All about that toast

Alright. Who's responsible?  The toasting tradition for newlywed couples originally comes from the French. When toasting first began, a piece of bread was placed in the bottom of a wine glass to enhance the taste. Each person who toasted the couple would say a few words, take a sip, and pass it to the next person to speak. The newlywed couple would then have the final sip and the piece of bread. 

Who is supposed to toast?  Toasts are typically given by the best man and maid of honor. Even the couples’ parents might give a few words, and, sometimes, the couple themselves will give a toast of thanks to all of the guests. All of this comes down to your preference in who you would like to speak. Timelines describing who will give a toast and when they will give it are extremely useful. Keep in mind how long your guests will need to listen and how toasts will impact the dinner service. No guest wants to hear 60 minutes of toasting!

What's the best time for a toast? Generally, all receptions follow a similar timeline of a grand entrance, blessing, dinner, toast, and then cake cutting. Normally, the couple and their wedding party will be the first served and, therefore, the first finished with their meals. Once they are finished eating, and the rest of the guests have food in front of them, the time has arrived to begin the toasts! As the toast comes to a close, most guest should be finished with dinner, and they will start to eye the delicious desserts on display, suggesting that cake cutting should follow soon after. However, no wedding is the same. The couple will ultimately choose the placement of these activities based on what they feel is best for them. Make sure that the final timeline is given to each vendor so they can prepare for the toasts and other wedding activities.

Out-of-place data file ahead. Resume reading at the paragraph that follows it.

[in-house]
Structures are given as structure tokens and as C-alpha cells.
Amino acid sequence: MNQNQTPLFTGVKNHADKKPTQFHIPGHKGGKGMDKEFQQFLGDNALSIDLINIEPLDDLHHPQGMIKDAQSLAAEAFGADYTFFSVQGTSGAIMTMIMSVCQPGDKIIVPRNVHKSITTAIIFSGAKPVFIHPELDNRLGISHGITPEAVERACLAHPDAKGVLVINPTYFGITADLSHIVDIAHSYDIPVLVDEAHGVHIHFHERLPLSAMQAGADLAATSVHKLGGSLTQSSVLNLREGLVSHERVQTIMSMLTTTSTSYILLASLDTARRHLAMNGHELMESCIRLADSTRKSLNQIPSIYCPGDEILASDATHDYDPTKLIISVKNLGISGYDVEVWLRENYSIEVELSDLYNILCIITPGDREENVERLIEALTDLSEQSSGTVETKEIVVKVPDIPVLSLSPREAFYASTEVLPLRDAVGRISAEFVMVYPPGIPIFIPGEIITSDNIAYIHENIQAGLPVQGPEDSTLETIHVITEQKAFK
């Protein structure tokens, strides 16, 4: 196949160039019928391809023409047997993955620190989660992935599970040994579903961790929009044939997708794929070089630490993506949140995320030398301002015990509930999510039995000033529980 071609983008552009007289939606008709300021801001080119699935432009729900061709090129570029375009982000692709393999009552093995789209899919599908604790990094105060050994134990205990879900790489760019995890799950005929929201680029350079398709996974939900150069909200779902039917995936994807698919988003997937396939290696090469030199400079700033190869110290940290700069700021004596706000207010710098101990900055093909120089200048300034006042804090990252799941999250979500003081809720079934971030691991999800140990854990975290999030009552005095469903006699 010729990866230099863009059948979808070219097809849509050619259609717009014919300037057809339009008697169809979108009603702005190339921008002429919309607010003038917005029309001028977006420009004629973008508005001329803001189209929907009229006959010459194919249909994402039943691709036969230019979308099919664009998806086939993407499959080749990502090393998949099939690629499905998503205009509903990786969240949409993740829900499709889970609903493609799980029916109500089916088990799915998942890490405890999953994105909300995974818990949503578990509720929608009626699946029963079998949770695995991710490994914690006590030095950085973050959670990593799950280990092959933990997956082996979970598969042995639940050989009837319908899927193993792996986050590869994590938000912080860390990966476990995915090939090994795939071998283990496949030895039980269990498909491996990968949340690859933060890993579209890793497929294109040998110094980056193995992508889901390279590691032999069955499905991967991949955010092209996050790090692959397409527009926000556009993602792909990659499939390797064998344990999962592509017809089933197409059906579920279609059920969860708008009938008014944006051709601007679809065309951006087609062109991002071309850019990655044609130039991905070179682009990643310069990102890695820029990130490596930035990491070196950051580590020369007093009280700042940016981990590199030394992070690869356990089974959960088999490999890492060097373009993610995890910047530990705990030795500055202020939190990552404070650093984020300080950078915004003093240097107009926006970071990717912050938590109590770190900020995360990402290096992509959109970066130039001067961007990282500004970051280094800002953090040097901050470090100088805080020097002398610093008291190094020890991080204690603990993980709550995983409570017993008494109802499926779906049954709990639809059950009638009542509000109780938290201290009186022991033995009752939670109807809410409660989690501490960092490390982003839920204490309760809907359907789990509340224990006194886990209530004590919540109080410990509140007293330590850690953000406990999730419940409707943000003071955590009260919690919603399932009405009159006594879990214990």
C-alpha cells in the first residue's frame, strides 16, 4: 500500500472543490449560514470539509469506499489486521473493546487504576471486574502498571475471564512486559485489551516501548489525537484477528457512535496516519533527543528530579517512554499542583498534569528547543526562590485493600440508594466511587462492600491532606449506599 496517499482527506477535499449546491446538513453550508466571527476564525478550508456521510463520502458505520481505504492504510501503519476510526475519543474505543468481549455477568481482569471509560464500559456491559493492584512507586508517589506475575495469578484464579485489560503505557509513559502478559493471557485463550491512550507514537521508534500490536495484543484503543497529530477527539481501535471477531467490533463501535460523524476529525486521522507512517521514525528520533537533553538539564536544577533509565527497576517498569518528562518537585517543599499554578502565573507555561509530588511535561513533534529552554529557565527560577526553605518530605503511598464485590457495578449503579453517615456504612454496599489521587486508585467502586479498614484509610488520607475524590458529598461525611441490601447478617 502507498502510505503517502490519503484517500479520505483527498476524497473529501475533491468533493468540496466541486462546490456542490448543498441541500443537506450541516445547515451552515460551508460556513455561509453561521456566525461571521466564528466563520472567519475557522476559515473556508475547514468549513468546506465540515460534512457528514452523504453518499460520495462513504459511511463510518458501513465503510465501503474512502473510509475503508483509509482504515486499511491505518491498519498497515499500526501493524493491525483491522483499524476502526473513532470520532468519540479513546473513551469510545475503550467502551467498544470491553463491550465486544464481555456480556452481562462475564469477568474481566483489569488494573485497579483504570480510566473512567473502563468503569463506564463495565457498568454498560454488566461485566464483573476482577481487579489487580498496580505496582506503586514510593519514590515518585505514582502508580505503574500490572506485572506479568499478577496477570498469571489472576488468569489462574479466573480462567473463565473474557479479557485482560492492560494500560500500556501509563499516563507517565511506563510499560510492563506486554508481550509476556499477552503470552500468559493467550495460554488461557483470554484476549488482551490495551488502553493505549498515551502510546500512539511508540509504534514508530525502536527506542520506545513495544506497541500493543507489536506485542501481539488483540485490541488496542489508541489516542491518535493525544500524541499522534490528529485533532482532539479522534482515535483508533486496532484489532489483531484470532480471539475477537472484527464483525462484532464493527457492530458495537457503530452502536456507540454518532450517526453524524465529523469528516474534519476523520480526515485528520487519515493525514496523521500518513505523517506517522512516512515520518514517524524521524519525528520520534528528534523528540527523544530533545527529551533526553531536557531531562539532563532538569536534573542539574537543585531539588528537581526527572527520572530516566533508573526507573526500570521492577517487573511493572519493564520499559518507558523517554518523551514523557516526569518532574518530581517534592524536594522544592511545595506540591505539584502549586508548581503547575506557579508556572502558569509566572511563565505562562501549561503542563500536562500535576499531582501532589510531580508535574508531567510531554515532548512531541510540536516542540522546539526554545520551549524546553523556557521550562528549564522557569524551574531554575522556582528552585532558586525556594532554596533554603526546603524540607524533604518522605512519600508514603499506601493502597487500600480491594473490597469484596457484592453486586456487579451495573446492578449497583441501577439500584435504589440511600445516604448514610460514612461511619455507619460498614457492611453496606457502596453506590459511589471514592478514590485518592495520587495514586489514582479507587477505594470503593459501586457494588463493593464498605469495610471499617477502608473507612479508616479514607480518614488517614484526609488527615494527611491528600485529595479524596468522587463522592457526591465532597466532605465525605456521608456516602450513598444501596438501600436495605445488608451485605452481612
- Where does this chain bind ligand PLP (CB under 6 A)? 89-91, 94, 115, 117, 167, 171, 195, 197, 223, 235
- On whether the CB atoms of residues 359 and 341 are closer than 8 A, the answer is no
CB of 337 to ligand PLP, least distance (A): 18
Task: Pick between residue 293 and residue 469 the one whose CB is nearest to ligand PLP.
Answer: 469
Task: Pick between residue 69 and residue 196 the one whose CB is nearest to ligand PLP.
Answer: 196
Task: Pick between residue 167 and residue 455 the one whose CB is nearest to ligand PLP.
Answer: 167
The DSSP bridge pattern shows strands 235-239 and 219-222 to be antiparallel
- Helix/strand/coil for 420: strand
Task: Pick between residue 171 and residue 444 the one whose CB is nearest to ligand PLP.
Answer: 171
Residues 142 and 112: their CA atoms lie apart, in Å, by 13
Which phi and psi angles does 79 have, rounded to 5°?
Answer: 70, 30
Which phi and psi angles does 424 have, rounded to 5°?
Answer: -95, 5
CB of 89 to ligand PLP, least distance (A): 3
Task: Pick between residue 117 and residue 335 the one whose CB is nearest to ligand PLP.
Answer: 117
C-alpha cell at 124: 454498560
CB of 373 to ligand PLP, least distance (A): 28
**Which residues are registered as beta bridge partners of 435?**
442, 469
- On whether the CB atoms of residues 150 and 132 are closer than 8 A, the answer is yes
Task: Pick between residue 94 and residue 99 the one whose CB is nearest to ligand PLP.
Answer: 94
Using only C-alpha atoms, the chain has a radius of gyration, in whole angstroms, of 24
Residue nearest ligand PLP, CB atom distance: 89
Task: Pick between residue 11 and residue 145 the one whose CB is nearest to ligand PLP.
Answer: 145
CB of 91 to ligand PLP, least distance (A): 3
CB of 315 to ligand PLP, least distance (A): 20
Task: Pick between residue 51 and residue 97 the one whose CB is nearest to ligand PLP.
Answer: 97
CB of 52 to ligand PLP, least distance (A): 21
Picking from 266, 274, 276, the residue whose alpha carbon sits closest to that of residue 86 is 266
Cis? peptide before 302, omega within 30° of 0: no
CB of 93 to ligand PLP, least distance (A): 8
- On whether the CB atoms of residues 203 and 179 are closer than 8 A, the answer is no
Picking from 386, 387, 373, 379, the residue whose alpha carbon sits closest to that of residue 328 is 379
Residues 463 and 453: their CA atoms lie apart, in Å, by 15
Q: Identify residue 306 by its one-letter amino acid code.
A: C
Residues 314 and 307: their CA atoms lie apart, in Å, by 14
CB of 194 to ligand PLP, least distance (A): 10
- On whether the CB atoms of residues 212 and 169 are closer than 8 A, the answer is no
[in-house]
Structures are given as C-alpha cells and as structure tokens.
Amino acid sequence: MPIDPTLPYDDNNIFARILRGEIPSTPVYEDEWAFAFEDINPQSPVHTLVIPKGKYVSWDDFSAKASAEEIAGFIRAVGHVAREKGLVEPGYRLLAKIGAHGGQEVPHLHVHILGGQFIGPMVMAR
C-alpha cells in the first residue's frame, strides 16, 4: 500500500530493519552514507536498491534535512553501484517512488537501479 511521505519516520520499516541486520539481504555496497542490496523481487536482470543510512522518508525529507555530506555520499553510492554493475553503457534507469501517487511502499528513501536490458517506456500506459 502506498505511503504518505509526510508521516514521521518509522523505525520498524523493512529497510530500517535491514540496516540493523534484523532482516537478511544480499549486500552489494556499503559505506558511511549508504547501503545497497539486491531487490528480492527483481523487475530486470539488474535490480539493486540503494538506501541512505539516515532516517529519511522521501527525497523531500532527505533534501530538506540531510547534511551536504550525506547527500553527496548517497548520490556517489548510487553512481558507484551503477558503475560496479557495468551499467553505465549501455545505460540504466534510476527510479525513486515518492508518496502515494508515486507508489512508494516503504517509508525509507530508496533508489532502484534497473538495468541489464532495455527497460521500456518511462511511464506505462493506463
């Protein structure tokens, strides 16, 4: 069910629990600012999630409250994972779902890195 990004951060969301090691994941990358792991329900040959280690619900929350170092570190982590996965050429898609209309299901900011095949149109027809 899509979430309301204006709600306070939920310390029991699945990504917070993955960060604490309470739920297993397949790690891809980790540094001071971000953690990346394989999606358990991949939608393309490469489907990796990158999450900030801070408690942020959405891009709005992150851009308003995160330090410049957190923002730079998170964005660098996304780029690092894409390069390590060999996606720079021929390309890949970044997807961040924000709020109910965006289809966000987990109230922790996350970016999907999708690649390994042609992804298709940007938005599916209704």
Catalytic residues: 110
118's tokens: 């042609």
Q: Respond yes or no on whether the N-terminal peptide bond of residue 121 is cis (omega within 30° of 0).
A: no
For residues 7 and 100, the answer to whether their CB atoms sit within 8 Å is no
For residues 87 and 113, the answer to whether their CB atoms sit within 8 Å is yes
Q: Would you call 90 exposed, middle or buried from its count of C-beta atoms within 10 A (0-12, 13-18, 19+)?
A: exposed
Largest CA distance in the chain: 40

What is the proper toasting etiquette? Believe it or not, toasting requires proper form! Never sit down when giving a toast. Stand while speaking as the bride and groom stay seated. This way, all guests can see who is talking. A speaker can paint a much more vivid story when they have room to move around. When speaking, keep the microphone close to the mouth and speak with confidence. If the microphone is held away from the body, then the sound will not be picked up as well, and guests will have to strain to hear the speaker. As the toast is called and glasses raise, the bride and groom will stand and give thanks to the toaster while the guests applaud. An effective DJ and emcee will introduce each speaker and keep everything moving along smoothly as the floor moves from speaker to speaker.

What to do while toasting? Keep it fun and loving, but keep it clean. If you wouldn’t say it to your parents, then don't say it because odds are the parents are sitting right in front of you at the wedding. 
•    Keep it short and sweet. Make the toast heartfelt and loving but brief. Listeners have a short attention span, and tend to tune out after about two minutes.
•    How to start. The DJ and emcee will start by introducing the speaker to the guests. The speaker should always reintroduce themselves and tell the audience what their relation is to the bride and groom. 
•    Be unique. A good heartfelt story, joke, and/or quote is all it really takes to state your love for the couple and share in the memories of your past together. You can always refer to blogs such as this or other google searches for inspiration.
•    Make it about the couple. Make sure to include both the bride and groom in your toast even if you are closer to one or the other.
•    Include the audience. At the end of your beautiful toast, ask the other guest to raise a glass to toast the newly wed couple. 

The take away. Toasts are a very special moment for you to express to the couple how much they mean to you and each other. Now that you understand why toast are important and how to go about giving them, you are ready to create your own masterpiece!


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